The Equal Employment Opportunity Commission (EEOC), the federal agency that enforces laws against workplace discrimination including the Americans with Disabilities Act (ADA), recently published multiple updated guidelines in anticipation of stay-at-home orders being lifted and employees returning to the workplace. The EEOC’s update specifically addresses the rights of employees to request accommodations and how employers should handle various forms of workplace discrimination or harassment as it relates to COVID-19.
Here are the key take-aways:
As an employee, can you request accommodations under the ADA to avoid exposing high-risk family members?
No. The ADA’s protections do not extend to the disability-related needs of an employee’s family member or other persons the employee is associated with. However, an employer may provide these accommodations for its employee if it chooses to.
How do employees request flexible work arrangements from their employer as they return to work?
Requests for flexibility in work arrangements as you return to work should be directed to your employer. The ADA and the Rehabilitation Act encourage employers “to make information available in advance to all employees about who to contact—if they wish – to request accommodation for a disability that they may need upon return to the workplace.” Employers must consider accommodations on an individualized basis.
Can an employee request an alternative method of screening when entering the worksite due to a medical condition?
Yes. Requesting an alternative screening method is an example of a request for reasonable accommodation and an employer should proceed as they would for any request under the ADA or the Rehabilitation Act. If an employee’s medical condition is not previously known by the employer, the employer may request that the employee provide medical documentation to support the request.
Individuals over the age of 65 have been categorized as high-risk and the CDC has recommended additional protections for employees in this group. Do federal employment discrimination laws provide protections and accommodations for these employees?
The Age Discrimination in Employment Act (ADEA) protects employees age 40 and older from workplace discrimination based on age. However, this legal protection does not extend to provide reasonable accommodations for older workers due to age. Therefore, if an employee 65 years and older has a medical condition that could bring them under the protections of the ADA, the employee’s request should be made for a reasonable accommodation for their disability rather than their age.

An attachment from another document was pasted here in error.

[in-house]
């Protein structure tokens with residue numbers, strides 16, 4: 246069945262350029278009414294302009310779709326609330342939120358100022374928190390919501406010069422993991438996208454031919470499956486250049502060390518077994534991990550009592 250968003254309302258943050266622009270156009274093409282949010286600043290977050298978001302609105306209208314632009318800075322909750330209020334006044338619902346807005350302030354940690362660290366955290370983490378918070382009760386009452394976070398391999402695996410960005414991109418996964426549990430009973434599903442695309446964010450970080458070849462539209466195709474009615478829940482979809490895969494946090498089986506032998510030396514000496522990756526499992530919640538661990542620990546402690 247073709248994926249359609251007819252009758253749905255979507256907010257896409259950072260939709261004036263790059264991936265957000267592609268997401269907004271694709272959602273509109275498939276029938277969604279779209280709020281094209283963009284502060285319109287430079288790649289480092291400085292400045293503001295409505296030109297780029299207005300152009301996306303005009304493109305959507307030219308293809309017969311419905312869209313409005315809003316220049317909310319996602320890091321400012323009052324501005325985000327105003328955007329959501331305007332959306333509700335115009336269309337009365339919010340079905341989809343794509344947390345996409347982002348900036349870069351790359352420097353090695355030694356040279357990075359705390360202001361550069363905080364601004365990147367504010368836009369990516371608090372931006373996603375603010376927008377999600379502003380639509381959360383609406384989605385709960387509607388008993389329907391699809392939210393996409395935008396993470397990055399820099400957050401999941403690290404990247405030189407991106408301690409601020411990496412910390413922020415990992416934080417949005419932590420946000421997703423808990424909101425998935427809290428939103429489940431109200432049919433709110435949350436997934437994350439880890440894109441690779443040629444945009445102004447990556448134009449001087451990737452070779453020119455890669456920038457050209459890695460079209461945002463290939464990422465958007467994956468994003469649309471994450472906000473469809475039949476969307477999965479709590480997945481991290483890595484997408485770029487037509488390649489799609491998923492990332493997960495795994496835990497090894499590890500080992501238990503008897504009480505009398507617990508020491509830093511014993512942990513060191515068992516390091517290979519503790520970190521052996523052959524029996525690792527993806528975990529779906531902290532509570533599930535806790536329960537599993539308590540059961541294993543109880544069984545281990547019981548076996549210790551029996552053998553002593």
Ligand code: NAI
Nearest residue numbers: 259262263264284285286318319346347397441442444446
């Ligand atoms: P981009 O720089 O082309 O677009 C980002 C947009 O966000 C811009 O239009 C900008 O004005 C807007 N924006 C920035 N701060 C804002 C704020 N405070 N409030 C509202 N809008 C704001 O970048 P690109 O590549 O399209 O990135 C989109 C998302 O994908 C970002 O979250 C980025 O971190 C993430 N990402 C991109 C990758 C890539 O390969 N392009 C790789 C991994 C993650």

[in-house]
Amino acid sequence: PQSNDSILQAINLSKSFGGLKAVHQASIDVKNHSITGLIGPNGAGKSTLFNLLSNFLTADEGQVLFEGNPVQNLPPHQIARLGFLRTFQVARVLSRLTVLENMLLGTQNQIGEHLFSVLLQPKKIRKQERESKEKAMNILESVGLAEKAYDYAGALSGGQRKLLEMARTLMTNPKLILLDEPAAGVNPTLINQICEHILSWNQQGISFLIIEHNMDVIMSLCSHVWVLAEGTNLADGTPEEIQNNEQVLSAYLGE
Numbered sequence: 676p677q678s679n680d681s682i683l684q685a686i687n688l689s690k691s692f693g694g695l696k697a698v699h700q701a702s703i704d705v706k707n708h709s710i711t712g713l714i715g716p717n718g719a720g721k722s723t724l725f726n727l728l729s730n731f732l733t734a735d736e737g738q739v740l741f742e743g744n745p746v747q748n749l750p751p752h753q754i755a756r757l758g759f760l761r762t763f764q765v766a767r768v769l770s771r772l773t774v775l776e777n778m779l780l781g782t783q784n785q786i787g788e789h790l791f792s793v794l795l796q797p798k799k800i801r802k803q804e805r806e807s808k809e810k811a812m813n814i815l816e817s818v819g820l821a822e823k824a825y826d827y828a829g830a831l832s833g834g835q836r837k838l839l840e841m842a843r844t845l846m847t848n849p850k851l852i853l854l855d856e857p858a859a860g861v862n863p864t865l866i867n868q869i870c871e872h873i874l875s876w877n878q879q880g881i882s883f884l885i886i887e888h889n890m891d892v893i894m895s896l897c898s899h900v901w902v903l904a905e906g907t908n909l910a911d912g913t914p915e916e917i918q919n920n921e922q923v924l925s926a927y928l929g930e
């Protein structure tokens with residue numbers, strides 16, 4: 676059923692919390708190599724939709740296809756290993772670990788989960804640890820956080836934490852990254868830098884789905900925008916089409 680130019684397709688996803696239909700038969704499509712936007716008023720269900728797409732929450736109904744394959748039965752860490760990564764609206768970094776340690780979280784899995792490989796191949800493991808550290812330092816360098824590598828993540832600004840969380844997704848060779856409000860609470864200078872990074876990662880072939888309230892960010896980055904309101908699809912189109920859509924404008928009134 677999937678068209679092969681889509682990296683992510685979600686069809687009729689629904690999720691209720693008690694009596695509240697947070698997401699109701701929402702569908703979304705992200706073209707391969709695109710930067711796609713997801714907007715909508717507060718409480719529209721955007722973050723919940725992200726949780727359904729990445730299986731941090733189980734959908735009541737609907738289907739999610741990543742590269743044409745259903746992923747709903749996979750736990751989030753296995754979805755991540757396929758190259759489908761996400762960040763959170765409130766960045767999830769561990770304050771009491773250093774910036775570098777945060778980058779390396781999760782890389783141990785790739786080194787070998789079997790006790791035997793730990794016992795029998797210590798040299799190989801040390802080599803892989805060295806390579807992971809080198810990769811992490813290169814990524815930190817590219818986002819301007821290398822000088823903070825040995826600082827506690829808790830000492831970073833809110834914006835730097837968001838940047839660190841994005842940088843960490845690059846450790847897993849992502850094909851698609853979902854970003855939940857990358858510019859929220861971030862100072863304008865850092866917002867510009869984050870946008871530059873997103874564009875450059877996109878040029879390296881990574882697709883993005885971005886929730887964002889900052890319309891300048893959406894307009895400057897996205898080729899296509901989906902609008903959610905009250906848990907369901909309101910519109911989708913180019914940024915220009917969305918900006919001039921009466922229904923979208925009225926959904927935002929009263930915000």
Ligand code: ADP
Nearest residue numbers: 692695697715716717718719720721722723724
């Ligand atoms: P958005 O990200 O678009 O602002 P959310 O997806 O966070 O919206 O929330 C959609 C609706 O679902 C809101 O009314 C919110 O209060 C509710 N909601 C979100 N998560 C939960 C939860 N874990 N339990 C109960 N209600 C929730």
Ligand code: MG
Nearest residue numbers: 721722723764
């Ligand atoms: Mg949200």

Can an employer provide modifications or other benefits to employees who have the responsibility of caring for school-age children?
Yes. An employer may, but is not required to, provide accommodations based on an employee’s need to care for children who are unable to attend school or other forms of child care.
For employees who are not granted accommodations for child care, employees may want to consider their rights under the Families First Coronavirus Response Act, which is discussed in a prior LR What You Need to Know Now.
Is there a right to accommodation based on pregnancy during the pandemic?
Yes. The right to accommodation based on pregnancy is guaranteed under two different federal employment discrimination laws. First, accommodations based on pregnancy-related medical conditions are protected under the ADA. Second, under Title VII, as amended by the Pregnancy Discrimination Act, a “pregnant employee may be entitled to job modifications, including telework, changes to work schedules or assignments, and leave to the extent provided for other employees who are similar in their ability or inability to work.”
Are employers required to address pandemic-related harassment?
Yes. It is a violation of the federal EEO laws for an employee to discriminate or harass a co-worker “based on race, national origin, color, sex, religion, age (40 or over), disability, or genetic information.” As it relates to the pandemic, the EEOC has suggested that employers should be alert to “demeaning, derogatory, or hostile remarks that are directed at employees who are perceived to be of Chinese or other Asian national origin, including about the coronavirus or its origin.”
Can employers require coronavirus antibody testing for employees before return to work?
No. The EEOC has determined that antibody testing for employees cannot be made mandatory because it does not meet the ADA’s standard of being “job related and consistent with business necessity.” Therefore, results from an antibody test “should not be used to make decisions about returning persons to the workplace.”
The CDC has stated that, “a positive antibody test is presumed to mean a person has been infected with SARS-CoV-2, the virus that causes COVID-19, at some point in the past. It does not mean they are currently infected.” It is important to note that the antibody test is different from the coronavirus detection test, which the EEOC has permitted mandatory testing of by employers.